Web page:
Oct 8 (Reuters) - An Australian senator released on Wednesday a proposal to penalise companies failing to meet carbon emission targets and give firms access to the international carbon market, in a move to try and break a deadlock in the country’s climate policy.
Australia’s conservative Liberal party government in July repealed a tax on climate-changing greenhouse gas emissions for its 350 biggest companies, claiming the scheme was too costly while achieving little in terms of emission cuts.
But the country, the developed world’s biggest carbon emitter per capita, has since been left without a climate policy because the opposition parties in the senate reject the government’s alternative plan.
Independent Senator Nick Xenophon, who has sought a key role in finding a solution to the climate policy stand-off, proposed amendments he said would put Australia back on track to meet its target of cutting emissions to 5 percent below 2000 levels by 2020.
It remains unclear, though, whether Xenophon will win enough support to get his proposal through both houses of parliament.
“There is yet to be formal agreement on these amendments, but I believe they are a realistic and achievable set of proposals,” said Xenophon in a statement.
Among Xenophon’s key proposals is creating a legal framework meant to ensure Australia’s biggest emitters would meet emission baselines set by the government, for example by making violators buy carbon credits, either domestic or international.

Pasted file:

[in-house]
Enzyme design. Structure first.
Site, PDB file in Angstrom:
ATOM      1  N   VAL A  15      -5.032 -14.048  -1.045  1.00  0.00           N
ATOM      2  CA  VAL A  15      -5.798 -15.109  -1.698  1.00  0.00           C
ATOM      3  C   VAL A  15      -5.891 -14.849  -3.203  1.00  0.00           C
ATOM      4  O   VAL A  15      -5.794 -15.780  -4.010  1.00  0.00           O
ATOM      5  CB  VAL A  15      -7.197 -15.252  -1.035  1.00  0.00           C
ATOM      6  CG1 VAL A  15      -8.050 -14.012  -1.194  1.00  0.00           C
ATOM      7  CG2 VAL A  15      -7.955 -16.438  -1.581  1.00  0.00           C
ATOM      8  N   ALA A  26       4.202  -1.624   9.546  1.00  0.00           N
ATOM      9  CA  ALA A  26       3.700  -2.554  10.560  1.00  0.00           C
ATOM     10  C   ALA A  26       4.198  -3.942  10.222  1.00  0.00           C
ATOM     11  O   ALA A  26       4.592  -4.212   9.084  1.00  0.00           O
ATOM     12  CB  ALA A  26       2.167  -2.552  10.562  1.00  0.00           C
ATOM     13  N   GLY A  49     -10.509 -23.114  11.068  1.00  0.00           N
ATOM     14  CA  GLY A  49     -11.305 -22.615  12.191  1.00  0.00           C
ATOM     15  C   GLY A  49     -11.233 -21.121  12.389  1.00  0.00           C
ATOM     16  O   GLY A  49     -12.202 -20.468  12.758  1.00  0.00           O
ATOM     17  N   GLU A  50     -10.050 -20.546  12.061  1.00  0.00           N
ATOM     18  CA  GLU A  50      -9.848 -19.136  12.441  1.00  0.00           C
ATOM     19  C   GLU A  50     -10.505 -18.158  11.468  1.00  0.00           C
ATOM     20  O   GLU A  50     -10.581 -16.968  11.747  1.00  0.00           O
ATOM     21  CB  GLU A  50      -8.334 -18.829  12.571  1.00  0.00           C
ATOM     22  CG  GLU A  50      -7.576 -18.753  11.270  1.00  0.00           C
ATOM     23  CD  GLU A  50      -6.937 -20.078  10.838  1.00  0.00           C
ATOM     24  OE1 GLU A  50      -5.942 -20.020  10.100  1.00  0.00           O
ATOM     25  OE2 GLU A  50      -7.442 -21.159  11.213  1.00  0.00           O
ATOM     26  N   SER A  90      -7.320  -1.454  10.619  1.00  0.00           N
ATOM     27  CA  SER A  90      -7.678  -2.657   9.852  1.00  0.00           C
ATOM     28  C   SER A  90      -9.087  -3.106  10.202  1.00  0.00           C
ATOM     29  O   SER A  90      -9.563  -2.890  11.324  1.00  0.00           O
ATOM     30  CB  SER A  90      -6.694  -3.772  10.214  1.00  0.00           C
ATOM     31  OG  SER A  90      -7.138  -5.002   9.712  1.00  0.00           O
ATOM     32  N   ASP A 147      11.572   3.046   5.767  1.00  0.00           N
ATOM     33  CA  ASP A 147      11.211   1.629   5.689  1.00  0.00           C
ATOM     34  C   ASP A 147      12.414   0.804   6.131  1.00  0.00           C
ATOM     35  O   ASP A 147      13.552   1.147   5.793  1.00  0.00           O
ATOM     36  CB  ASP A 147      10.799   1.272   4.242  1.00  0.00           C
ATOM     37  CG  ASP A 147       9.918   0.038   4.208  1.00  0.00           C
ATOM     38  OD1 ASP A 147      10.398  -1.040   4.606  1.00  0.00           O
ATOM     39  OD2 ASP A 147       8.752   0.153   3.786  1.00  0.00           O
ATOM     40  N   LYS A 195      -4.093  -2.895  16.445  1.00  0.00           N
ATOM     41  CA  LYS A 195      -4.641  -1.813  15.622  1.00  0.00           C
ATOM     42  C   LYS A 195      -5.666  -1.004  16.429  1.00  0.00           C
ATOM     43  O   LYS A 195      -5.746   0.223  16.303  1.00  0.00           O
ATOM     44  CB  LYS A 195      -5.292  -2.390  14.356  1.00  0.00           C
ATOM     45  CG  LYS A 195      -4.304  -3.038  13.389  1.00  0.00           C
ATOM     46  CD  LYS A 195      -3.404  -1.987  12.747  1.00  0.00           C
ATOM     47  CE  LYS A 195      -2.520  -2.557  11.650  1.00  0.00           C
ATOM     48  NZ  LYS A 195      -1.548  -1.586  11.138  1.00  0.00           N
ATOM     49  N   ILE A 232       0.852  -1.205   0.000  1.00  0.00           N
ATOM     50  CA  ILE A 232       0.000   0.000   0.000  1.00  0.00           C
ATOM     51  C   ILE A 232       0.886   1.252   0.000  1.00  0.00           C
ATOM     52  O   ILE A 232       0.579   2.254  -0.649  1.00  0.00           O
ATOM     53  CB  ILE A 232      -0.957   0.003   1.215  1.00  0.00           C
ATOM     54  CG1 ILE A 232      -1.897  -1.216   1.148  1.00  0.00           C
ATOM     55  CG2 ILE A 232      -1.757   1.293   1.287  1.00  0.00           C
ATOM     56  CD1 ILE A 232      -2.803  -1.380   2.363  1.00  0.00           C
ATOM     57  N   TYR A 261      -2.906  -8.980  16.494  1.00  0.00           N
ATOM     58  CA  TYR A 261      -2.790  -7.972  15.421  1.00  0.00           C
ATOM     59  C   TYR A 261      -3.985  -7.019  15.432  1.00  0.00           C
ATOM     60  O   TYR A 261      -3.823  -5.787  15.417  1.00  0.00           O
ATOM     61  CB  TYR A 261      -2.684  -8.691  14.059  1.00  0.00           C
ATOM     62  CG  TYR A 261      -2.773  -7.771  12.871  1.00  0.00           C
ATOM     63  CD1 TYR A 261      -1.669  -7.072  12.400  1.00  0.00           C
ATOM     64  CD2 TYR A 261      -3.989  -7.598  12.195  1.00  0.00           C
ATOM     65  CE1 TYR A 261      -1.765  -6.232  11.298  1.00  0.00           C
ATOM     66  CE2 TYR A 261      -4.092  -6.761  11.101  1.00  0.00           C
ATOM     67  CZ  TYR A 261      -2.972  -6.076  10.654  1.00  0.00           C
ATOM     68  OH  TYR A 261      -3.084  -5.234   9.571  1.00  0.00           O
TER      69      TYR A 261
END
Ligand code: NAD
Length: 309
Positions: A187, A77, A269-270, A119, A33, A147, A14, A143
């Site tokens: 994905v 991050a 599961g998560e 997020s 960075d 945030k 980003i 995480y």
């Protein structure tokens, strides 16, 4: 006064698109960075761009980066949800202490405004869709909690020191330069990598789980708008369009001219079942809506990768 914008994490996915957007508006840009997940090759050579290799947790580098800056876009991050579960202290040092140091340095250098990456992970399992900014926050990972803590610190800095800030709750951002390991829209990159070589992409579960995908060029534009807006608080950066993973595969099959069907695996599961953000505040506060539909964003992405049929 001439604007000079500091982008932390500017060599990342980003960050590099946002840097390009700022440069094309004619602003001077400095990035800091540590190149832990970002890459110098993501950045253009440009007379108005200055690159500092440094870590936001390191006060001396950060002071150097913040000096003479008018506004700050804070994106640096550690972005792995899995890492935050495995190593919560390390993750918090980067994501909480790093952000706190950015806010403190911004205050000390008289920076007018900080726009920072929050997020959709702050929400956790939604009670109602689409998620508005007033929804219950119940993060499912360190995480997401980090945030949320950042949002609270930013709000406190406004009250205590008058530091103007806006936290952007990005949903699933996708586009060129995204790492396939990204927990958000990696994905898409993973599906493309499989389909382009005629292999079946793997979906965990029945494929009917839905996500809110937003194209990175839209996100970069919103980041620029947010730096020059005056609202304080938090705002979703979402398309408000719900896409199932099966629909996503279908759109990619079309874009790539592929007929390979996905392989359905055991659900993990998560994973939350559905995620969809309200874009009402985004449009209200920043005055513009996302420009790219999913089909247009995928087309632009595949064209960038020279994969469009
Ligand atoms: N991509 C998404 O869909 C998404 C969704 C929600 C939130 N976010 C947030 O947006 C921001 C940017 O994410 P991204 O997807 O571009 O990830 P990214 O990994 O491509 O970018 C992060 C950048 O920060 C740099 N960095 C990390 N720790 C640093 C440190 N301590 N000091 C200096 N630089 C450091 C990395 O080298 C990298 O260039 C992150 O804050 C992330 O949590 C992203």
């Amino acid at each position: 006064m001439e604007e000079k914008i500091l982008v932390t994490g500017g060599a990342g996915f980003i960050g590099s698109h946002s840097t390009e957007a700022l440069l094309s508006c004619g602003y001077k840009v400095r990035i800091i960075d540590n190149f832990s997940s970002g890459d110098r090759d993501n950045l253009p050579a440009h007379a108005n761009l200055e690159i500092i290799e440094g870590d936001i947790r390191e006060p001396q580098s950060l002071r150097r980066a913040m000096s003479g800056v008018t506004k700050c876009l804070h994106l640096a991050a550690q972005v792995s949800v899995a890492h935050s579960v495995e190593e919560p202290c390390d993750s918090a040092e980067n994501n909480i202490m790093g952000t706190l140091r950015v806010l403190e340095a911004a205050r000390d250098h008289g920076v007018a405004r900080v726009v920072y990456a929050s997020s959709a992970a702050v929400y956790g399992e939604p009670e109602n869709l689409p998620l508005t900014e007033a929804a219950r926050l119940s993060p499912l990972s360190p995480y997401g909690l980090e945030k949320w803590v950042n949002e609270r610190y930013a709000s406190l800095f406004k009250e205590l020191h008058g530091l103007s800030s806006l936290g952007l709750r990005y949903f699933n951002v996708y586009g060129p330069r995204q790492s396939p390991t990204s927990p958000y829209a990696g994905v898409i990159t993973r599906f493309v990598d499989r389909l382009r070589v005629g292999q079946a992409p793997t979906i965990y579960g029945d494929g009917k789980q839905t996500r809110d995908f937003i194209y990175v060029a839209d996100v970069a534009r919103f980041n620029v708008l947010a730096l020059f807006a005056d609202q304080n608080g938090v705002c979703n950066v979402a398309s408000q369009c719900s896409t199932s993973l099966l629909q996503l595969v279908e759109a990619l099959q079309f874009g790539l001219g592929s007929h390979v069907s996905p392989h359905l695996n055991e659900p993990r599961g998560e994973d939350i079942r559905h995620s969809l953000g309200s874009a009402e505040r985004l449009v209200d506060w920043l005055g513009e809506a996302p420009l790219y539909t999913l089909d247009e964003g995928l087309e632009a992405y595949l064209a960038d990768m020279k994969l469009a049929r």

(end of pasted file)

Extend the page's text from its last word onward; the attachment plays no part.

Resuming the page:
Xenophon proposed Australia could set aside up to A$500 million ($440 mln) to buy international carbon credits issued by the United Nations.
The cheap U.N. credits, currently trading in the European carbon market at around 11 euro cents ($0.14), would ensure Australia met its international carbon target, and could be bought by firms failing to meet domestic targets, the senator said.
In comparison, the government’s A$2.55 billion Emission Reduction Fund to buy emission cuts from companies that emit below baselines set by government, has not proposed specific sanctions against emitters missing targets.
The government has also so far rejected using foreign carbon credits, causing a number of studies to conclude that the A$2.55 billion would not be sufficient to meet the target.
Xenophon also proposed to prolong the contract periods for domestic emission reduction projects to seven years to create greater security for project developers.
“If a number of the changes proposed by Senator Xenophon are adopted it would significantly increase the prospect of the government’s policies being able to meet our international emissions reduction targets,” said Peter Castellas, CEO of industry group Carbon Market Institute. (Reporting by Stian Reklev in BEIJING; Editing by Muralikumar Anantharaman)